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Can Anyone Be a Witch?

by Bonnie Wodin

Growing up, I learned that being a Witch was deep and mysterious, an accident of birth. My mother pronounced that only an unbroken line of oldest daughters having oldest daughters "unto the seventh generation" produced a trueborn Witch.

Life has taught me differently. Being a Witch is indeed a deep commitment allowing us to approach the mysteries of life. But now I know that anyone can be a Witch! What a revelation.

At Vermont Witchcamp, we welcome all as we delve into the depths of the unknown or soar to ecstasy. However —

The camp is set on a rugged hillside, with the enticing lake at the bottom and the wide ritual grounds open to the Milky Way at the top — the terrain is a major challenge.

Everything else lies between. In order to get from cabin or tent to meals, Path, vending, showers, ritual, anywhere, requires a trek. But we love our mountainside. And we continue to rent it from the Farm and Wilderness Camp, an organization committed to respecting and caring for the land in as low-impact a way as possible. The winding, often narrow, rocky, sometimes muddy, root-filled paths challenge us all. The first days of camp find us huffing and puffing along until we get our "camp legs."

But anyone can be a Witch, right? Camp is not just for the young, healthy, and able-bodied. In facing the continuing challenge of transporting Witches of many abilities from dining hall to Path, from cabin to ritual circle and back, we enlist modern technology in the form of two four-wheel-drive vehicles and walkie-talkies. The "special needs" coordinator, a work-exchange position, works with two drivers (also work exchange positions) to set up transportation schedules and routes. Anyone wanting a ride between one part of camp and another is welcome to climb on board, be it for the entire week, or one particularly tiring day. The vehicles also carry drums or chairs. 

But accessibility doesn't end with transportation. Special needs cabins are located halfway up the mountain close to the dining room, vendors, indoor showers and, maybe most important, a porta-potty and the road. One special needs cabin even has electricity! These cabins afford campers some ease, saving a few knees as well as spirits.

Another aspect of accessibility revolves around our kitchen. Witches of many dietary persuasions come to camp. During the first six years of camp our remarkable kitchen staff fed us with sumptuous vegetarian foods, as well as a host of alternatives: vegan, wheat-free, and nightshade-free offerings were a few steps away from the serving tables at every meal. The possibilities were staggering. Yet the kitchen handled requests with generosity and grace. A couple of years ago, the issue of serving meat arose. After lengthy and sometimes heated discussions, VWC began the experiment of serving "high-protein" animal foods (i.e. chicken and fish). After all, if we can accommodate some special diets, why not provide for all? Our transition to a wider diet was anything but smooth. The first year we offered meat was clumsy with unclear communication and expectation. We tried to handle it as though it was any other special diet, "the high-protein, meat alternative is on the counter" next to the vegan and wheat- or nightshade-free offerings. Seemed reasonable at the time. What happened in the dining room was more like, "where did YOU get that!" and "why isn't there some for me?!" Some meat eaters felt put under a microscope, as though their neighbors were salivating on their plates. Some vegetarians felt that "the very air has turned greasy" or were offended by the "odor of cooking flesh". And the dining room, which had been a space of fun and nourishment, had become a bone of contention.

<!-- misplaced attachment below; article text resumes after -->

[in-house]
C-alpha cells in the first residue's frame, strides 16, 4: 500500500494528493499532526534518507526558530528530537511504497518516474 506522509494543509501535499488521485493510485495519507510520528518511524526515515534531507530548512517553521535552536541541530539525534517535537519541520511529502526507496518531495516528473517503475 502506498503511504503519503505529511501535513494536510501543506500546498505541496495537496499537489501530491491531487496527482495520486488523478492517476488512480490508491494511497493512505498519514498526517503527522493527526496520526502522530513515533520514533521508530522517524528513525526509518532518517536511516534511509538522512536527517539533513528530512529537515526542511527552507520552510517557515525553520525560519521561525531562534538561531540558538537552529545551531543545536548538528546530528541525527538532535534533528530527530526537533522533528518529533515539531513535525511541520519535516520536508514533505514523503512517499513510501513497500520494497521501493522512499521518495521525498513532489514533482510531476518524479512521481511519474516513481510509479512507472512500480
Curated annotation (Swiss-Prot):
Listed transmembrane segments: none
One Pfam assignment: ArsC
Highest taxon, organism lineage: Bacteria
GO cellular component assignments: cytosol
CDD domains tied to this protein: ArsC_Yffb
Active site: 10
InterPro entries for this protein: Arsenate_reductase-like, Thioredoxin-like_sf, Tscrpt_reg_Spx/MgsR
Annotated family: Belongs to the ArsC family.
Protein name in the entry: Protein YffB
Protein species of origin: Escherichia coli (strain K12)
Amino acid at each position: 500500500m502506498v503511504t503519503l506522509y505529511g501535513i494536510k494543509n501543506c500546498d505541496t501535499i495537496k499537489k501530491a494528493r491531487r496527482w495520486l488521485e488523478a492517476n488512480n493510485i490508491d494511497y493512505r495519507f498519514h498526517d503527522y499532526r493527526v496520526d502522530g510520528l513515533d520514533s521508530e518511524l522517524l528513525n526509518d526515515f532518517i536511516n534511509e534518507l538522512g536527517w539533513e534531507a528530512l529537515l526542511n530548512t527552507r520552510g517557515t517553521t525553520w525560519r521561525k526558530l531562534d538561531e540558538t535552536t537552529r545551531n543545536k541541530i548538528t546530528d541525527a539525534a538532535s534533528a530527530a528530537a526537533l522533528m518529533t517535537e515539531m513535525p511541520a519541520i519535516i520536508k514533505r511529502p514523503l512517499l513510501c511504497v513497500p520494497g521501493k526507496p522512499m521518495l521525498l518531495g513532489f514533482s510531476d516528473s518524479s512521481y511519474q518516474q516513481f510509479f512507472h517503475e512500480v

By the second year, after a camper survey, we got it down a bit better. Meat is now offered by the second day of camp, and with at least one meal every other day. High-protein vegetarian foods are offered daily. As always, campers requiring denser protein are provided with the facilities to store and prepare protein foods brought from home.

Working with accessibility issues includes the financial realm as well as the physical. Because many campers come from Canada, we provide a "Canadian Exchange" rate, funded in part from anonymous donations. This year we have acknowledged that the Canadian Exchange is a political statement as well as a financial one. We cannot as yet afford true parity between the exchange rates of our two countries, but we are mindful of working towards that goal.

Other financial possibilities are the work exchange, scholarship, and youth scholarship programs. The fifteen work-exchange positions carry significant responsibility and keep camp running smoothly. Scholarships are funded in part by the camp raffle, a highlight of the week, featuring fabulous prizes as well as tons of laughs and loads of glitter! Each vendor donates a prize, and many others mysteriously appear as the raffle draws closer.

Accessibility continues to be an issue at VWC. The timing of camp may be the most significant issue in our future. The week when our beloved mountain is available coincides with the first week of the public school year. This impact is huge: camp is not available to those who work in school systems or choose to see their kids off to that first day of school.

We continue to grapple with this issue.

We recognize that our community is year-round and never-ending. Camp is simply that physical manifestation of the joy and journey we travel together. But it is an important part of our year. It will be a wonder to watch as this very basic issue of accessibility at VWC unfolds.

Bonnie Wodin is a landscape designer, writer, priestess, and teacher who makes her home in Heath, MA, among the Heathens. This was her sixth year at Vermont Witchcamp.